In the predawn, I rose with my friends to catch the bus to Machu Picchu. We are ready to see the sun magic light hit the ruins of the ancient city. Our guide shows us a wonderful location above the city - away from the crowds. We watched the sky get brighter and the surroundings become more visible. It took the sun much longer to make an appearance - the Andes Mountains were in the way. We enjoy the drifting clouds and morning dew lift away. When the sun final crested over the peak, we were rewarded with glowing views on the sundial and the amphitheater. More stunning views were found at the top of Machu Picchu Mountain. The climb is one long, steep, and tiring staircase.
It is amazing to see what community can create and how they do it. The topsoil for their planting was hiked up the mountain from the surrounding area, the rocks were carved with small hand tools to fit snuggly together without mortar, and the culture didn't even have the wheel to help move things around.
I recommend traveling with the Lorenzo Tour group. Not only do you get the see Machu Picchu, they take you mountain biking down a near 15,000 ft mtn., hike along a non-crowded Inka Trail, and give you the opportunity to go white water rafting, zip on South America's highest zip-line, and enjoy uncrowded hot springs.
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Hiking The Inca Trail with 5 Great Friends
Last month, I had the opportunity to travel to Peru and embark on a 6 day journey through the mountains with 5 of my best friends. We landed in Cusco, the original capital city of the Inca Empire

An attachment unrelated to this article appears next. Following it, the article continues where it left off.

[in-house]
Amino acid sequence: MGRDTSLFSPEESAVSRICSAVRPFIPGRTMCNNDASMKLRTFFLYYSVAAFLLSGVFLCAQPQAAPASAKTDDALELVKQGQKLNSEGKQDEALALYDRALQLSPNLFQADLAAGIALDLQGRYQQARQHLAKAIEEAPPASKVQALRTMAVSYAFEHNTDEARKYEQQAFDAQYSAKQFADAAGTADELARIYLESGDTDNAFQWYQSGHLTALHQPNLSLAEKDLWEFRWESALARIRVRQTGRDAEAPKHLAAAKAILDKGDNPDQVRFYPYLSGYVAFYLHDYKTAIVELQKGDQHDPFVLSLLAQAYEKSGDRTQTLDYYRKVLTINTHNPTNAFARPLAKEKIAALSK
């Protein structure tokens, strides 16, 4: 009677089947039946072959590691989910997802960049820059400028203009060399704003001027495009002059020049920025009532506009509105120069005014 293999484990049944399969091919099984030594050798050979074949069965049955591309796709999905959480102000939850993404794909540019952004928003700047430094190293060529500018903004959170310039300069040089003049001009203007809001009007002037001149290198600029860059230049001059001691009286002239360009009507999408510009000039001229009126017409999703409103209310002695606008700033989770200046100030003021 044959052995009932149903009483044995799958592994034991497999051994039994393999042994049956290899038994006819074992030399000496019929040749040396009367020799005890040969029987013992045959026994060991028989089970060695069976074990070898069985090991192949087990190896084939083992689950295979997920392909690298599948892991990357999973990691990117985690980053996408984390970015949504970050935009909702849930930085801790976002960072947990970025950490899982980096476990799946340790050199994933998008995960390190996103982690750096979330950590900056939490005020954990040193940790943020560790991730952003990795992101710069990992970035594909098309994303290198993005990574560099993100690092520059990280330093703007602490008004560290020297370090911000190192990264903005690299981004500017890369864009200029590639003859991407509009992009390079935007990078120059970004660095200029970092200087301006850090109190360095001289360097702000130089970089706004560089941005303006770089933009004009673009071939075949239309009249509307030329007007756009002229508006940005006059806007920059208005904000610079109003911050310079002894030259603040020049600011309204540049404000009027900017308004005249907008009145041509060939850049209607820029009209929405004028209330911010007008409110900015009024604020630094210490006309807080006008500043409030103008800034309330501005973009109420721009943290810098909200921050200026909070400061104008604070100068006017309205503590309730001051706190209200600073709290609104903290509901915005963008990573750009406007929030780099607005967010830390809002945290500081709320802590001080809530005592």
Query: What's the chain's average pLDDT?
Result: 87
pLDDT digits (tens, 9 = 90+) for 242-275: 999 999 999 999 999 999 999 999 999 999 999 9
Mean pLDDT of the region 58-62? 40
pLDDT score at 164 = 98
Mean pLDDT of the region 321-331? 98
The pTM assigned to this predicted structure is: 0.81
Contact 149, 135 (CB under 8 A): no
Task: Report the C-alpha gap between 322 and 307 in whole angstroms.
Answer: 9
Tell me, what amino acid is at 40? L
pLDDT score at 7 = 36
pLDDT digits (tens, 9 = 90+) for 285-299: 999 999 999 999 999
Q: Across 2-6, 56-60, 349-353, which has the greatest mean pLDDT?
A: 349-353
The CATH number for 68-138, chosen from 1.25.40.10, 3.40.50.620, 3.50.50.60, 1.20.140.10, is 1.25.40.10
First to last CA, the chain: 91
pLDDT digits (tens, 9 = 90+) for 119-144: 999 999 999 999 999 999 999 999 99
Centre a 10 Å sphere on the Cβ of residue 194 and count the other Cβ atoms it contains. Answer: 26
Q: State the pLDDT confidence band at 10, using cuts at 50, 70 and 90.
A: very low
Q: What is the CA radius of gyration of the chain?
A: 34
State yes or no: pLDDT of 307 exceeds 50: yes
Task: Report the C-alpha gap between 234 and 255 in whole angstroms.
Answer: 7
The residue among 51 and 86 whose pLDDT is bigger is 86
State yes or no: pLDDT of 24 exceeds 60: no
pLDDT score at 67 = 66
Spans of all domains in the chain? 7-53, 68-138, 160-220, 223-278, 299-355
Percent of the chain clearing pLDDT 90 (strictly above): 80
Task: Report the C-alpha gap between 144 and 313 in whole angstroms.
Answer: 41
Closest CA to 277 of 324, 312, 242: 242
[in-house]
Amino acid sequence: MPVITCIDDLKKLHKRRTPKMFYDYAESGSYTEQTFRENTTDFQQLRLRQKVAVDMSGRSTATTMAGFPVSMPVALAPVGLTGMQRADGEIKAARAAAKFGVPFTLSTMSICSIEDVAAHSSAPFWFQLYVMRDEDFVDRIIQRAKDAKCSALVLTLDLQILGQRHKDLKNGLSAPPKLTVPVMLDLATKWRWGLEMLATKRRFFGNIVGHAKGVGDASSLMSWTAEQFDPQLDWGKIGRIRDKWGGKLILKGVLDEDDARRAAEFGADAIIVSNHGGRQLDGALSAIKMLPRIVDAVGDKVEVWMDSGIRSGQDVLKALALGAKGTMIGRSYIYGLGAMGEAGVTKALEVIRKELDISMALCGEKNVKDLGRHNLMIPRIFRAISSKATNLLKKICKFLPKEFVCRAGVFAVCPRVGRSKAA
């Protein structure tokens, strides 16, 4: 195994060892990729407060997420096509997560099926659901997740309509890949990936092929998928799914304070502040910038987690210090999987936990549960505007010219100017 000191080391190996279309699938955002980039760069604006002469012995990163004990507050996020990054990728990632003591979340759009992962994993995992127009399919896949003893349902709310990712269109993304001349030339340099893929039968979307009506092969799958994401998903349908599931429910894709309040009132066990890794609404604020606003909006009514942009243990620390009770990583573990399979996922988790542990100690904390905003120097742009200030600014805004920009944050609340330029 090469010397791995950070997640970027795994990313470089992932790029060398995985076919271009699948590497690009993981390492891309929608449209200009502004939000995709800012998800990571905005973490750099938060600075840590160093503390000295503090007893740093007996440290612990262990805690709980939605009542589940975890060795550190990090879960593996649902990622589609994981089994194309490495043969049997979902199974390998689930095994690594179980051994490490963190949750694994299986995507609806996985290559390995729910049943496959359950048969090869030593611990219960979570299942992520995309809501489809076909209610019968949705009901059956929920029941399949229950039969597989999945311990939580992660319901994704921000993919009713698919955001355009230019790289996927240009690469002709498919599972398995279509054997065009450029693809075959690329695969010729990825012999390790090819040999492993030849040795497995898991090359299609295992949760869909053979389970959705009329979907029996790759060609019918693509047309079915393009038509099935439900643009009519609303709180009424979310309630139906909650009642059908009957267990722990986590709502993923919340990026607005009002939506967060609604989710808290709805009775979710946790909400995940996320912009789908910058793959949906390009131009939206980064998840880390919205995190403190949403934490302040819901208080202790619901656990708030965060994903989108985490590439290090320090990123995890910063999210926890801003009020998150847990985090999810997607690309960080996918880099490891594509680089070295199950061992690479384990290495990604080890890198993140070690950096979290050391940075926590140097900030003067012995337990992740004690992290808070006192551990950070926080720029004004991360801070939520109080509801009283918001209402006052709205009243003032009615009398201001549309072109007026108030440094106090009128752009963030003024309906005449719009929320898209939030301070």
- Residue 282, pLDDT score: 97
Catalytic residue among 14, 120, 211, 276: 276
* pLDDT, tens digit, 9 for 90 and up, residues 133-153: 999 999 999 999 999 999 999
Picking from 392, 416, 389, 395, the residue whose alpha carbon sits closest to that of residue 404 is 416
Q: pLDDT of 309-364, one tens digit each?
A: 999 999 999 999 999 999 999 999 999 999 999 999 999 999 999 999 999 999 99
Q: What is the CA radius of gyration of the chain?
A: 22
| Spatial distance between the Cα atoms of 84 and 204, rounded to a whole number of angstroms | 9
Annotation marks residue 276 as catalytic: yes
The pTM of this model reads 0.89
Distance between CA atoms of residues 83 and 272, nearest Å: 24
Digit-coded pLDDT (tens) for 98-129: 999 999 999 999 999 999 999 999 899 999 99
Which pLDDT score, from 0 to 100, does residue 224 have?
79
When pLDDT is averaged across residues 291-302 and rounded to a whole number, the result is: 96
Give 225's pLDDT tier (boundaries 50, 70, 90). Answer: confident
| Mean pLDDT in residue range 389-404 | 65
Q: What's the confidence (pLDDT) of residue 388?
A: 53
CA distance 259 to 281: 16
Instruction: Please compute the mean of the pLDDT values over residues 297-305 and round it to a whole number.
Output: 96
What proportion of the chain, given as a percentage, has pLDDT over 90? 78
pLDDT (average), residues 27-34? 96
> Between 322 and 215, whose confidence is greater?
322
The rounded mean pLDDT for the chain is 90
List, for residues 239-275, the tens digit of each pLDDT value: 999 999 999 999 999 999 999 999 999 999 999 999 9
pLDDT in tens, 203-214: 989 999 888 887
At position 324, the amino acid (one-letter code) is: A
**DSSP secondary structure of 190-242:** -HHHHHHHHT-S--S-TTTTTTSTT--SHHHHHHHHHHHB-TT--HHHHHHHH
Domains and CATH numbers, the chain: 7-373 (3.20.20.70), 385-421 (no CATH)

After spending a few days in Cusco acclimating to the extreme altitude adjustment, our group traveled north by foot, along the original Inca Trail. This was the same trail messengers would use to carry messages from the capital city to the secret city of Machu Picchu, a small city curiously placed on top of a mountain.
After a 4 day journey through the mountains, rivers, and rain forests of Peru, we arrived at our destination—Machu Picchu.
This journey was special for all of us, as we were exposed to sights and sounds we never knew existed. The plush greens and vivid sounds along the way felt otherworldly. At points along the way, we actually hiked above the clouds, as though we were entering a city in the sky.
The food, culture, people, and rich history of Peru made the trip monumental for me, and I would ask that if offered the opportunity, each person should try to visit this very special place.
Although we wanted to hike the Inca Trail we didn't have the time. At first we were disappointed, but when we were able to get to Machu Picchu before all of the hikers arrived we felt a little better about our decision not to do it. If you are unable to hike, for whatever reason, take advantage of getting to the site as early as possible. It was great to have the place basically to ourselves for a little while.
The clouds come to play over the rolling hills along the Camino Inka Inka Trail to Machu Picchu. It was a breath taking experience with amazing views that only the imagination could attempt to recreate.